However, this also sounds ridiculous. When we look at how the parable progressed prior to this point, those who ultimately are in the banquet hall are those people who woke up that morning with no thoughts or plans of heading to the king’s banquet. All those present are last-minute invitees to this special event. Those present represent anyone and everyone from the rich to the poor, the good to the evil, and the well connected to the social outcasts. In this parable, those present come from any and every background, and they are all miraculously wearing wedding clothes when the king arrives.

The only way this detail makes sense, especially when reconciling this with the realization that not everyone present would have been able to afford appropriate wedding clothing, is that the king gave the guests wedding clothes on their arrival. With this detail in place, we discover how the king is fully within his rights to throw someone out who had refused the second portion of his gift. The king had given everyone an amazing gift of an invitation and he gave each person present the gift of wedding clothing.

In this parable, we discover how God gives each of us two gifts. God first gives us the gift of an invitation into His family and into His special event. If you’re worried about whether you are in the first group of invitees or the second, don’t worry about this. All you need to know is that you have been given an invitation. Everyone in this parable received an invitation to this wedding banquet!

This first gift requires a choice, and we must choose whether we will accept this gift or not.

The second gift present in this parable is the gift of wedding clothing. It is completely possible to accept the gift of an invitation but reject the gift of wedding clothing. The person who the king throws out for not wearing wedding clothes may have believed he had wedding clothes on, he had on the best clothes he had, or that the clothing one wore to this event wasn’t significant. Regardless of the reason, this man is thrown out for rejecting the second gift.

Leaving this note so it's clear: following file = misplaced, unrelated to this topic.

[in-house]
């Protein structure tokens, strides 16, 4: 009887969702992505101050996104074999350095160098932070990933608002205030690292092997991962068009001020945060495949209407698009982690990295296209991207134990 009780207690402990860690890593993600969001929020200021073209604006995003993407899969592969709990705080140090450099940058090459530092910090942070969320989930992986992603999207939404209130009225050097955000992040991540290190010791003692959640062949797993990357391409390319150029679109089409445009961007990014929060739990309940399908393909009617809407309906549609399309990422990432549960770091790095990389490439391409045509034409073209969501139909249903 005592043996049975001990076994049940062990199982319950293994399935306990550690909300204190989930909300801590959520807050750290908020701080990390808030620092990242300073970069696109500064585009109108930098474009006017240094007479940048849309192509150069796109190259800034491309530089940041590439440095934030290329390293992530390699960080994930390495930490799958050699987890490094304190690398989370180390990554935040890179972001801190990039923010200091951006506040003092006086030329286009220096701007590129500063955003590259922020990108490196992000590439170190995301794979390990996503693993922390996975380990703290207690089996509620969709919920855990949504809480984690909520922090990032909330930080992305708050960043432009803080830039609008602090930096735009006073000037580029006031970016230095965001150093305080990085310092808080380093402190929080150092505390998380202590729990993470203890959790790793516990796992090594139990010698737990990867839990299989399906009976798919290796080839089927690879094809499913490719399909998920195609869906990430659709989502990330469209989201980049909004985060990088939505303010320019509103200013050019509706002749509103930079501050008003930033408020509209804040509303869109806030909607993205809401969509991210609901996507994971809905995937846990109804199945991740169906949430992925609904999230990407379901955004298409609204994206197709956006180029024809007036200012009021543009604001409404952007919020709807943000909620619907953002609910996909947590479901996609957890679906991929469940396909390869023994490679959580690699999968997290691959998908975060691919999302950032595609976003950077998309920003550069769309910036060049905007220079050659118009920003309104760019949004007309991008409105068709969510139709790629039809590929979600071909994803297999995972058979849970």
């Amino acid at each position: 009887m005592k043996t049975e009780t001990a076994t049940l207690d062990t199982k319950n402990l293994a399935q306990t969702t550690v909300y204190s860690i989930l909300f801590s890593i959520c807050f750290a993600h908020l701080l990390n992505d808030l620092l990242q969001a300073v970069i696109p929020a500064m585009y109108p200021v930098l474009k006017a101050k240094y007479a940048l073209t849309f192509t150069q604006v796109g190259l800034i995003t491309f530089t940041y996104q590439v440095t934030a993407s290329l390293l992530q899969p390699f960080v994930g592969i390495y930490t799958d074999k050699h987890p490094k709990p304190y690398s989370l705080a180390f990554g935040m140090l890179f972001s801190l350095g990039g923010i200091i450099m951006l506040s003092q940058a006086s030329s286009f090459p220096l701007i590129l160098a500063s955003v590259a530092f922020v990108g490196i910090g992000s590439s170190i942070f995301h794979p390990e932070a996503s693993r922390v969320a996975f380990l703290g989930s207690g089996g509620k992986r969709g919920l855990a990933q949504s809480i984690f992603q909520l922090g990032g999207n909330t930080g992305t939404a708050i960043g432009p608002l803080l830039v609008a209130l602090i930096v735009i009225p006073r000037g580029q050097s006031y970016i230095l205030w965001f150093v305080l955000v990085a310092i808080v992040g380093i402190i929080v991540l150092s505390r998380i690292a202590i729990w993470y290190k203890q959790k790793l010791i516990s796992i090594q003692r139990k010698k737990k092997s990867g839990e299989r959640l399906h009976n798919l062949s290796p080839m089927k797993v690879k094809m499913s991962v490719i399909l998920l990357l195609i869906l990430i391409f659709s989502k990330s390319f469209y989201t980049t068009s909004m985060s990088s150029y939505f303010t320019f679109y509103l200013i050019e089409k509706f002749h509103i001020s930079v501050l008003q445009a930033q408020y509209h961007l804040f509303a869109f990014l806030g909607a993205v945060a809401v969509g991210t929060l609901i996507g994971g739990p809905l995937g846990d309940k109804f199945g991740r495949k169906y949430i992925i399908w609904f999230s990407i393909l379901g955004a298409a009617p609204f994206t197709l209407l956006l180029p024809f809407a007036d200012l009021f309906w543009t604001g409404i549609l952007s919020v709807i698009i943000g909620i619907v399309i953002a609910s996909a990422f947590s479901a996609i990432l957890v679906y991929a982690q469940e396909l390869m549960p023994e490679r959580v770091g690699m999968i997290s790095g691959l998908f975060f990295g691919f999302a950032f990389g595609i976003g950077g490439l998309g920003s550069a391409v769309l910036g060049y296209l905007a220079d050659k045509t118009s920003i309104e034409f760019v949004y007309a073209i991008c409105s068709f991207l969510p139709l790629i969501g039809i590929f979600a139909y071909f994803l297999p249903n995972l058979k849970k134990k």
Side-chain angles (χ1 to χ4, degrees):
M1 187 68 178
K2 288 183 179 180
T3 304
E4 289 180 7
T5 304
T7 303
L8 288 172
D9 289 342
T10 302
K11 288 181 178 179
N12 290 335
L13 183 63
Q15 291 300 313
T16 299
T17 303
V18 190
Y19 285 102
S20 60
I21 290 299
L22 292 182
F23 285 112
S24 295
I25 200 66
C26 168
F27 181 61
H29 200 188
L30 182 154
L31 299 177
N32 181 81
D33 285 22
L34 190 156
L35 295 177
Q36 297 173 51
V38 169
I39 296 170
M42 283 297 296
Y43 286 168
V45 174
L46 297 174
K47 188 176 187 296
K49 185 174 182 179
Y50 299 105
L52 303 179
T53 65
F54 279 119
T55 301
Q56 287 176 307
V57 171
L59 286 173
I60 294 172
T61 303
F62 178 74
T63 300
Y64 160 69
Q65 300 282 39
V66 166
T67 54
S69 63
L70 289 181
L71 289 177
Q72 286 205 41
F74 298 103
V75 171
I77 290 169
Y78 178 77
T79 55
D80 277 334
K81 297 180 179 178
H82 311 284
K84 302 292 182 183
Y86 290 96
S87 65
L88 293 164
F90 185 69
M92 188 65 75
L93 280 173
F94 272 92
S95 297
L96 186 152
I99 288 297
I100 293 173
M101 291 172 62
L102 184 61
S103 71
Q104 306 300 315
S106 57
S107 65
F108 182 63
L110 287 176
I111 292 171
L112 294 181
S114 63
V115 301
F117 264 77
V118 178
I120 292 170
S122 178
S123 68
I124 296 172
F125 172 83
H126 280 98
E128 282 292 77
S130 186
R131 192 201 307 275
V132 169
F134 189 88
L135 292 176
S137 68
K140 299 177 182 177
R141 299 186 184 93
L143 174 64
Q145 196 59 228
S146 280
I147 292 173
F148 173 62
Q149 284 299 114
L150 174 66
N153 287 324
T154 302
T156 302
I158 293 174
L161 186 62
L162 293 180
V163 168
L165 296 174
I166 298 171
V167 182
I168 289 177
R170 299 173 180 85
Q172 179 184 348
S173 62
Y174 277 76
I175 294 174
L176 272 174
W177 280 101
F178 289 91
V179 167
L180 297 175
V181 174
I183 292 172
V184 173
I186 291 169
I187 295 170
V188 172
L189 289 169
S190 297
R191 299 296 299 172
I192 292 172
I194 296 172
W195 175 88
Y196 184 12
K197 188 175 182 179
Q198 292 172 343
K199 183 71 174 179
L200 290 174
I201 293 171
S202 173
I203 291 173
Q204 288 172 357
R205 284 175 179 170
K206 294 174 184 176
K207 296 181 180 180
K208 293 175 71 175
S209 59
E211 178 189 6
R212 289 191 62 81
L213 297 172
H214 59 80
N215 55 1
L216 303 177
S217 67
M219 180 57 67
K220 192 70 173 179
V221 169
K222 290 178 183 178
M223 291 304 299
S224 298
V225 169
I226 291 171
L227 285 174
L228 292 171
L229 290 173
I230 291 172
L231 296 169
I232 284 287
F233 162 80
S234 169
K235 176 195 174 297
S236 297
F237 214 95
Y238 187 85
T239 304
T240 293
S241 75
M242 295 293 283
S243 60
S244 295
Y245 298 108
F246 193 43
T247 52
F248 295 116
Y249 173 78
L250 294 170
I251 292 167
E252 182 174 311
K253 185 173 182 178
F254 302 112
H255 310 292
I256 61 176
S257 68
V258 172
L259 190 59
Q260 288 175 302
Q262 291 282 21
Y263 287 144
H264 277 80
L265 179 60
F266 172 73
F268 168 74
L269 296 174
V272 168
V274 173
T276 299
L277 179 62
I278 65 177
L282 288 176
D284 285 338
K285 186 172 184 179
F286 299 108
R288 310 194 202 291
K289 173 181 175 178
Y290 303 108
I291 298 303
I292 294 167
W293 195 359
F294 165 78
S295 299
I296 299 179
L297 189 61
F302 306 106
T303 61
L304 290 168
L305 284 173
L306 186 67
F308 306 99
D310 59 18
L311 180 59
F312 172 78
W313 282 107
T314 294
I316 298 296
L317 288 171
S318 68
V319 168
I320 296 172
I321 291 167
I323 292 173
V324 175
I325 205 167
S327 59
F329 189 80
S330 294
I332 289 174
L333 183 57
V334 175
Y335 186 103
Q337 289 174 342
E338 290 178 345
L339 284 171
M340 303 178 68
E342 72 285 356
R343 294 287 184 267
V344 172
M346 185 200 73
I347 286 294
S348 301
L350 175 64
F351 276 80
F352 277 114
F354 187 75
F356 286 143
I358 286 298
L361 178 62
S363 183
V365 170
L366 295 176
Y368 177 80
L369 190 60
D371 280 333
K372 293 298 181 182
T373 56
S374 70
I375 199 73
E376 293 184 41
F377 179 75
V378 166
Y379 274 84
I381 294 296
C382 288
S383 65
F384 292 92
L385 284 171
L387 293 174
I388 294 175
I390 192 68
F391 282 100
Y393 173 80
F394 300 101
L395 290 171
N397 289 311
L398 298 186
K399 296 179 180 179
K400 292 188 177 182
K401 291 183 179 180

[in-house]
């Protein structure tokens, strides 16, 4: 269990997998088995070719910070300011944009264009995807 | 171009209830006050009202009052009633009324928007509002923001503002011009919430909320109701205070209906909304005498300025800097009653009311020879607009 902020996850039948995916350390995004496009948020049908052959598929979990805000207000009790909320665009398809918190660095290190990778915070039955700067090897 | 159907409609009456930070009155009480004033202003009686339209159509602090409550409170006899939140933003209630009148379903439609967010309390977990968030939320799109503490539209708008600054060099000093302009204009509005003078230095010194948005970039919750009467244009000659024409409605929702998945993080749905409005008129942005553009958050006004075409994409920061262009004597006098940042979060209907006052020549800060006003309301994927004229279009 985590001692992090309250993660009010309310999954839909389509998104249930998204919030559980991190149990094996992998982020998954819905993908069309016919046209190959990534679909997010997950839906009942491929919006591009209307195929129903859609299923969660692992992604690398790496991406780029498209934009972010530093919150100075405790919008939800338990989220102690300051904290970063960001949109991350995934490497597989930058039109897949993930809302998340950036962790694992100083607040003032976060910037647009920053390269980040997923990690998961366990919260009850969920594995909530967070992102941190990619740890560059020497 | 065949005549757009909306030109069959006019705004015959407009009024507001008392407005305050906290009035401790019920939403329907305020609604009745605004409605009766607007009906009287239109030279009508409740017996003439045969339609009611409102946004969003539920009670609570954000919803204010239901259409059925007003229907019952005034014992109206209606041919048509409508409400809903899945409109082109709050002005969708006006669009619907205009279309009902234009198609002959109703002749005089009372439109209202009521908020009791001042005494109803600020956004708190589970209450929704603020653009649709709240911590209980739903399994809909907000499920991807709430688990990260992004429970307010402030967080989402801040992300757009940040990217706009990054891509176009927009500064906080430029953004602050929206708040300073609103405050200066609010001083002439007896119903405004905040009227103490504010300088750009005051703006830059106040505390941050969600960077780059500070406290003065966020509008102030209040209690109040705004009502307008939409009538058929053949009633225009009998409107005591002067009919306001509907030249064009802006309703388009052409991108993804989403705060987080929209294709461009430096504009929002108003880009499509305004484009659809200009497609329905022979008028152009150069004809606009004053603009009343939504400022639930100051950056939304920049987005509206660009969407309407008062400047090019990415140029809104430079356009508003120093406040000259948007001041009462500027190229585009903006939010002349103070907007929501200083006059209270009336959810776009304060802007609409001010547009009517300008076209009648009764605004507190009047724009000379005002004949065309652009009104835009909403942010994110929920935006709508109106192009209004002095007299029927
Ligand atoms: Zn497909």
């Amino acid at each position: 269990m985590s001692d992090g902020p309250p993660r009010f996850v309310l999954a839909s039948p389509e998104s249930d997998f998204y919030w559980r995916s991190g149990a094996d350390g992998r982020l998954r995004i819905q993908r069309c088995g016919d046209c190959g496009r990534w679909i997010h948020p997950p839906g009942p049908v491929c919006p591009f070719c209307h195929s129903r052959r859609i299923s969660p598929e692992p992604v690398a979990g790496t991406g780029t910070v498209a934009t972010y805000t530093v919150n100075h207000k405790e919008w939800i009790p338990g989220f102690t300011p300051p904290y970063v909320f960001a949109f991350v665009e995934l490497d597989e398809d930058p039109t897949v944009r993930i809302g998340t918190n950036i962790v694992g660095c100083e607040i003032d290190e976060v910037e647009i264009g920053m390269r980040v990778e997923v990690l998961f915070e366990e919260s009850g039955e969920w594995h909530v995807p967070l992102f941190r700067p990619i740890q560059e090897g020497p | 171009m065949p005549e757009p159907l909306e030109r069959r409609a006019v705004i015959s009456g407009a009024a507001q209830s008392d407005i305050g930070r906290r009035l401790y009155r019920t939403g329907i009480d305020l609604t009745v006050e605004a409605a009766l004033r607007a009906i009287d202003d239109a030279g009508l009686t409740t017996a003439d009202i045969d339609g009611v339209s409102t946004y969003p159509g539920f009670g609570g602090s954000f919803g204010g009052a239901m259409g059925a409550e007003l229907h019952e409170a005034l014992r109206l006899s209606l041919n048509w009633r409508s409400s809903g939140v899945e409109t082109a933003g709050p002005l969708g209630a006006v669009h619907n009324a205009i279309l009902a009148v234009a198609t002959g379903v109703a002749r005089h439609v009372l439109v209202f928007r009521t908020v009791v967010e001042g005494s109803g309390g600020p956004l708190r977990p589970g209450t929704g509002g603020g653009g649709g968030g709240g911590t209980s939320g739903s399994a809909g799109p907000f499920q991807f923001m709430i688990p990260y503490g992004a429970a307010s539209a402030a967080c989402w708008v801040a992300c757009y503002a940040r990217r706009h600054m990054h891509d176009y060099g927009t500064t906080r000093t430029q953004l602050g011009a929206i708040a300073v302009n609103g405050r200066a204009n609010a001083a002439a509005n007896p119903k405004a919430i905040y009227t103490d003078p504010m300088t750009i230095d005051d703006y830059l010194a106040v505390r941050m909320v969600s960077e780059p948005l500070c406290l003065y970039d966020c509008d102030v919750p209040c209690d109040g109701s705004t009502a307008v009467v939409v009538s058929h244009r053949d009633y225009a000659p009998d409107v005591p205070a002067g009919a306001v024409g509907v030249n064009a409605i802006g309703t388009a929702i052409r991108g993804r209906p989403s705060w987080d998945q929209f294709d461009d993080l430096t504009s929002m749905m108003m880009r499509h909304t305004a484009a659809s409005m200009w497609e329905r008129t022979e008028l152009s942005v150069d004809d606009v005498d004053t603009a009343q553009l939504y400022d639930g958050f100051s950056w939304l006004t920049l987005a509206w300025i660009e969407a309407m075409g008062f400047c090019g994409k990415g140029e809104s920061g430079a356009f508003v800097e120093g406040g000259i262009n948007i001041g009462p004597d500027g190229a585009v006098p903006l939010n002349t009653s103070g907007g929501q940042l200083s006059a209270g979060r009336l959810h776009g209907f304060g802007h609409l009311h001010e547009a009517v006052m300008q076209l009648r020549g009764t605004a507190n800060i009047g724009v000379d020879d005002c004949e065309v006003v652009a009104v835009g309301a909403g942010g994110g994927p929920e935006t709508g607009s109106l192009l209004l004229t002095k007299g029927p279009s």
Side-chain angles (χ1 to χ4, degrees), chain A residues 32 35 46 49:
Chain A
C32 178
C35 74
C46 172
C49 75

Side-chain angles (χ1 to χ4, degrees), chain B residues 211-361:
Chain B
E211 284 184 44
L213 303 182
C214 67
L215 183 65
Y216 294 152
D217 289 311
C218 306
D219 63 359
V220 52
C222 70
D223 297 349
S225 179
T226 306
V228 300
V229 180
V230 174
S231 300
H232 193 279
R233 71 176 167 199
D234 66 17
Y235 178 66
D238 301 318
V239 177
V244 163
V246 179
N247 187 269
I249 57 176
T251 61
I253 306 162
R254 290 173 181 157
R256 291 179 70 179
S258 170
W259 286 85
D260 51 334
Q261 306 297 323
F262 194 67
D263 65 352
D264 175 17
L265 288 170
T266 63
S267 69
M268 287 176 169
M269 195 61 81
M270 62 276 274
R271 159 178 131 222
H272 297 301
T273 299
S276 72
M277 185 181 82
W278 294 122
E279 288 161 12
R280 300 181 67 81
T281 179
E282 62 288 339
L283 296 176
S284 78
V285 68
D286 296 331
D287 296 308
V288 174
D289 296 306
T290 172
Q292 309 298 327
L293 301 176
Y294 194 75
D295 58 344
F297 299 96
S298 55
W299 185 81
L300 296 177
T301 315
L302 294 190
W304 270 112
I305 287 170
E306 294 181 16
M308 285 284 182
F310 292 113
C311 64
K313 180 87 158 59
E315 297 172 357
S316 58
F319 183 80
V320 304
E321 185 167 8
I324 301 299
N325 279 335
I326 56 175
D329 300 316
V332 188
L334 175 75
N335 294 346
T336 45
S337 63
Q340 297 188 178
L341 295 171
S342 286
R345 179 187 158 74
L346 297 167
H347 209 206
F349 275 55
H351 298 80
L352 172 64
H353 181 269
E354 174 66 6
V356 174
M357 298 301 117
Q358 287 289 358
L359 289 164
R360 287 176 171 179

If you are concerned about whether you have accepted the gift of wedding clothing, this might be something to look into. The gift of wedding clothing is Jesus’ righteousness. The gift of clothing is defined for us in Revelation as the righteous acts of God’s people. In one of the most symbolic books of the Bible, John gives us the definition of this metaphor.

The second gift is a challenge for each of us. The second gift challenges us regarding where we place our focus and our hope. With the gift of clothing, are we going to come before God showing Him what we have done for Him with the attitude of trying to build ourselves up, or are we going to come before God thanking Him for what Jesus blessed us with and how nothing we do could ever repay His generosity?

For some reason, the man in this parable who is thrown out decided that He could appear before God with his own righteousness, and this cost him his salvation. I might be understating this when I say “Don’t be that guy!”

Instead, choose to accept God’s two gifts, both the choice and the challenge, and live your life as a thank you to God for everything He has blessed us with, both through what Jesus did for us, and through what Jesus is still doing for us each and every day!

As we come to the end of another podcast episode, here are the challenges I will leave you with:

As I always challenge you to do, be sure to intentionally seek God first in your life and let Him give you the two gifts that matter the most. Make the choice to accept His invitation and accept God’s challenge to replace your life and character with Christ’s life and character. This is only possible with God’s help and it is the best way we can say thank you to God for giving us what we easily don’t deserve.

Also, pray and study the Bible for yourself to grow your personal relationship with God each and every day. God wants a personal relationship with you and He doesn’t want a relationship where you filter Him through the thoughts and opinions of others. Choose to make your relationship with God personal by choosing to spend time with Him on a regular, frequent basis.

And as I end every set of challenges by saying in one way or another, never stop short of, back away from, chicken out of, or be tricked out of where God wants to lead you to in your life with Him!

Flashback Episode: Year in Matthew – Episode 39: In a challenging parable Jesus shares, discover how God gives us two important gifts, and how our salvation depends on us accepting the gift of a choice and a challenge!